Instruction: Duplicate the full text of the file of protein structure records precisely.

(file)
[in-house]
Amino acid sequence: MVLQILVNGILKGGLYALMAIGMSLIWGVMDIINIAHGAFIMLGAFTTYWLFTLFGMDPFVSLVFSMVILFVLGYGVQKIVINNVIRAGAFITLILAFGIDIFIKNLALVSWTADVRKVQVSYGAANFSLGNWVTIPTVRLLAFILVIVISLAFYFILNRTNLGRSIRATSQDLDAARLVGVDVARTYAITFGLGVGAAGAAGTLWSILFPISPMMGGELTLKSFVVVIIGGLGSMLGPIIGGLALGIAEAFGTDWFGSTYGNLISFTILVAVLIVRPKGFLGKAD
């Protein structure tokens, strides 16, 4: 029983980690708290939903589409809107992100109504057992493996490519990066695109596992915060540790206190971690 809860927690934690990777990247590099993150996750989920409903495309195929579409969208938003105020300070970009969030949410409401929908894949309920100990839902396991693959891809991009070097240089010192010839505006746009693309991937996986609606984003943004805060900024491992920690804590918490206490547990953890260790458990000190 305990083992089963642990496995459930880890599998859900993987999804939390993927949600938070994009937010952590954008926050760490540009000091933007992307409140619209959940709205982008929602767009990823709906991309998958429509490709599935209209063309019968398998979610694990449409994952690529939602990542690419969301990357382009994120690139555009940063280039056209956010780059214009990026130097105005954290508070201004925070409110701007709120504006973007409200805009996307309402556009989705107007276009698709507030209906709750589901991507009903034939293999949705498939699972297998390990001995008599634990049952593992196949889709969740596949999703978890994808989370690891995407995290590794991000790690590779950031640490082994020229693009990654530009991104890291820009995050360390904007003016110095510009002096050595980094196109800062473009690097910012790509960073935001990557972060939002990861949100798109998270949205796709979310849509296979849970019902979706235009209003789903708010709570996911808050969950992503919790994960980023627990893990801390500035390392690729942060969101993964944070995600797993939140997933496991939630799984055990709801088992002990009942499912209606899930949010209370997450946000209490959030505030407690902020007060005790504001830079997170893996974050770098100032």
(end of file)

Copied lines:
[in-house]
Amino acid sequence: MVLQILVNGILKGGLYALMAIGMSLIWGVMDIINIAHGAFIMLGAFTTYWLFTLFGMDPFVSLVFSMVILFVLGYGVQKIVINNVIRAGAFITLILAFGIDIFIKNLALVSWTADVRKVQVSYGAANFSLGNWVTIPTVRLLAFILVIVISLAFYFILNRTNLGRSIRATSQDLDAARLVGVDVARTYAITFGLGVGAAGAAGTLWSILFPISPMMGGELTLKSFVVVIIGGLGSMLGPIIGGLALGIAEAFGTDWFGSTYGNLISFTILVAVLIVRPKGFLGKAD
């Protein structure tokens, strides 16, 4: 029983980690708290939903589409809107992100109504057992493996490519990066695109596992915060540790206190971690 809860927690934690990777990247590099993150996750989920409903495309195929579409969208938003105020300070970009969030949410409401929908894949309920100990839902396991693959891809991009070097240089010192010839505006746009693309991937996986609606984003943004805060900024491992920690804590918490206490547990953890260790458990000190 305990083992089963642990496995459930880890599998859900993987999804939390993927949600938070994009937010952590954008926050760490540009000091933007992307409140619209959940709205982008929602767009990823709906991309998958429509490709599935209209063309019968398998979610694990449409994952690529939602990542690419969301990357382009994120690139555009940063280039056209956010780059214009990026130097105005954290508070201004925070409110701007709120504006973007409200805009996307309402556009989705107007276009698709507030209906709750589901991507009903034939293999949705498939699972297998390990001995008599634990049952593992196949889709969740596949999703978890994808989370690891995407995290590794991000790690590779950031640490082994020229693009990654530009991104890291820009995050360390904007003016110095510009002096050595980094196109800062473009690097910012790509960073935001990557972060939002990861949100798109998270949205796709979310849509296979849970019902979706235009209003789903708010709570996911808050969950992503919790994960980023627990893990801390500035390392690729942060969101993964944070995600797993939140997933496991939630799984055990709801088992002990009942499912209606899930949010209370997450946000209490959030505030407690902020007060005790504001830079997170893996974050770098100032």